Augmented Reality
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The world of education is slowly being taken up by the storm called immersive-reality technology, be it as a tool to train new teachers or to add excitement to learning at the level of students. Virtual reality is a digital environment that is interactive, on the other hand, augmented reality is when digital images are projected against a viewer’s actual surroundings. Mixed reality is a combination of both VR and AR.

VR is already being tried by many schools so as to offer a new and engaging way of teaching and learning. AR has not been adopted in the education space to that extent but is very successful in areas such as construction and in museums. However, the technology that is used in these environments can be easily leveraged by universities and schools.

MR is the term that has been developed by Microsoft for its ‘mixed reality’ headset called the Hololens. The Hololens functions quite like AR and has been used popularly in construction and architecture, and is also used for higher learning, for example, to teach medical students about human anatomy.

According to Lenovo’s research, 94 percent of teachers in the UK is of the opinion that VR would have a positive impact on classroom teaching, while almost 50 percent teachers estimate that VR will be commonly applied in schools in the coming five years. The greatest hindrance to adopting these technologies in schools is the cost associated with them. Mobile VR such as Samsung Gear VR and Google Cardboard are cheap alternatives to complete VR units, however, the VR apps available are quite limited.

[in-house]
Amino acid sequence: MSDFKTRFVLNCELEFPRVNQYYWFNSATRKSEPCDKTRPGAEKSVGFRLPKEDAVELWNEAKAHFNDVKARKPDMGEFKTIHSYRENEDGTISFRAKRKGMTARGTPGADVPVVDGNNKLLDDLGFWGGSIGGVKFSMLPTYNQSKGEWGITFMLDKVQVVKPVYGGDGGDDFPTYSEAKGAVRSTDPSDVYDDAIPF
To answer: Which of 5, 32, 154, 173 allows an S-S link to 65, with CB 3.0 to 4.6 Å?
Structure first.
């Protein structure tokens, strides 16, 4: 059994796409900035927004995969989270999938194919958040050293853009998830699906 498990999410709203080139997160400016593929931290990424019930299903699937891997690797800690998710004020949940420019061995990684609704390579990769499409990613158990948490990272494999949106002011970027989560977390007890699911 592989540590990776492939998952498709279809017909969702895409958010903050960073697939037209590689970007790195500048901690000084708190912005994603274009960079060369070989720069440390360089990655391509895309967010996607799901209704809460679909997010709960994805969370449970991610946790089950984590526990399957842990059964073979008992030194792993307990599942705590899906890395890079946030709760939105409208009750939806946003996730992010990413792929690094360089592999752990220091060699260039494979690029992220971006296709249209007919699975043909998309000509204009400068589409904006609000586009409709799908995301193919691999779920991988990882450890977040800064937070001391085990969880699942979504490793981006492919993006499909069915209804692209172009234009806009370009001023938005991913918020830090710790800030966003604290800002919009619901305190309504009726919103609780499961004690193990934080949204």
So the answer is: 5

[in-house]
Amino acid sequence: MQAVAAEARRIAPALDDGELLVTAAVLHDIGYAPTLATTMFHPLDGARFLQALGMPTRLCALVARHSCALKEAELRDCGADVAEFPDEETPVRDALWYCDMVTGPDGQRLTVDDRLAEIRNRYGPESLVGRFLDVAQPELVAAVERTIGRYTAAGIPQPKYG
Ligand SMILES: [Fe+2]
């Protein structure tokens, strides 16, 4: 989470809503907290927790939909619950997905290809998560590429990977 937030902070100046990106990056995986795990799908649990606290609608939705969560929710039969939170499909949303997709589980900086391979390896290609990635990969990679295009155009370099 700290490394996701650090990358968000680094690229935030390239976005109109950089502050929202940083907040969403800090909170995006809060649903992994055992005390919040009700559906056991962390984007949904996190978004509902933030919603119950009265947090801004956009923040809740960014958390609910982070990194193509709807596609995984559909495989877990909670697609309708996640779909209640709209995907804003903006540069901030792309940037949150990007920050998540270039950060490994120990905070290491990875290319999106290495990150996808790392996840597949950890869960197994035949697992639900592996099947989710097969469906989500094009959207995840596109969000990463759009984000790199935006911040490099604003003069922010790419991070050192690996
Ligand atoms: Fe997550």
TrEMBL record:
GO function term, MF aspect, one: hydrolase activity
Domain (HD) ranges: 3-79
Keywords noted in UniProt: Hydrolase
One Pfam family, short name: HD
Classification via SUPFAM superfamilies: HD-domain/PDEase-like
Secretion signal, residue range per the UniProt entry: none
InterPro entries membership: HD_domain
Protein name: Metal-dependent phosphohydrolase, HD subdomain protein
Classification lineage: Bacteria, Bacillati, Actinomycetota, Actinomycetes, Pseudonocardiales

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In theory, augmented reality gives the best learning experience that provides a relatively cost-effective alternative for schools to offer classwork that works well with AR apps, making content come to life in the classroom.

Mixed reality products such as Microsoft’s HoloLens have great potential in education, with the tech giant promoting benefits for medicine and architecture training. However, since Microsoft has only two options, the developer HoloLens at £2,719 and the enterprise model at £4,529, educational institutions are likely to completely write it off.

Virtual Reality systems that are computer powered are very costly. The HTC Vive costs about £600 per unit, and requires a powerful PC to support it, which is around £1000. Slightly less expensive is the Oculus Rift headset which is for about £400, but it too requires a powerful computer to make it run.

 

How could VR be used in education?

Increased student engagement, faster learning and improved quality of education are some of the benefits of virtual reality in education.

Furthermore, experts say that VR may be able to reduce disruptions in the classroom caused by children with behavioral difficulties.

An example of how VR can be used in the classroom is that, in a history lesson, students could be transported to Ancient Egypt to see how the Egyptians lived and to get an in-depth understanding of the early Egyptian civilization.